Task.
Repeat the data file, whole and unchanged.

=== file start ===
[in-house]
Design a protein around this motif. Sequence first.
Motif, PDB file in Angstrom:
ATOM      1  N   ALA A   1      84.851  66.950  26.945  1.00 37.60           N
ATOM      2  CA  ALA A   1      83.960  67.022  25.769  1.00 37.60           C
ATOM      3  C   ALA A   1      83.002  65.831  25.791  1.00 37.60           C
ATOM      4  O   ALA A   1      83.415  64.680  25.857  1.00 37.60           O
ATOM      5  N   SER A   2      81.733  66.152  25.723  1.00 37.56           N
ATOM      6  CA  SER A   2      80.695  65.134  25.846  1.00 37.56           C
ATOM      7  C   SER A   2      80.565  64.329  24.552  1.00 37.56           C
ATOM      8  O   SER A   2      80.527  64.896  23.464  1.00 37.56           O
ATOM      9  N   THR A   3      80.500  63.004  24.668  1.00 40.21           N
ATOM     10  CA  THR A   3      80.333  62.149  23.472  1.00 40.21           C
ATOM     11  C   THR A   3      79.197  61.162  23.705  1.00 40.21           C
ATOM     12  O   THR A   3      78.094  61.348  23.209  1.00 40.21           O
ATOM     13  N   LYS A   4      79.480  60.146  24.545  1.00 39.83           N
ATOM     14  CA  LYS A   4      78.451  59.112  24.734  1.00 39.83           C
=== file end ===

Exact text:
[in-house]
Design a protein around this motif. Sequence first.
Motif, PDB file in Angstrom:
ATOM      1  N   ALA A   1      84.851  66.950  26.945  1.00 37.60           N
ATOM      2  CA  ALA A   1      83.960  67.022  25.769  1.00 37.60           C
ATOM      3  C   ALA A   1      83.002  65.831  25.791  1.00 37.60           C
ATOM      4  O   ALA A   1      83.415  64.680  25.857  1.00 37.60           O
ATOM      5  N   SER A   2      81.733  66.152  25.723  1.00 37.56           N
ATOM      6  CA  SER A   2      80.695  65.134  25.846  1.00 37.56           C
ATOM      7  C   SER A   2      80.565  64.329  24.552  1.00 37.56           C
ATOM      8  O   SER A   2      80.527  64.896  23.464  1.00 37.56           O
ATOM      9  N   THR A   3      80.500  63.004  24.668  1.00 40.21           N
ATOM     10  CA  THR A   3      80.333  62.149  23.472  1.00 40.21           C
ATOM     11  C   THR A   3      79.197  61.162  23.705  1.00 40.21           C
ATOM     12  O   THR A   3      78.094  61.348  23.209  1.00 40.21           O
ATOM     13  N   LYS A   4      79.480  60.146  24.545  1.00 39.83           N
ATOM     14  CA  LYS A   4      78.451  59.112  24.734  1.00 39.83           C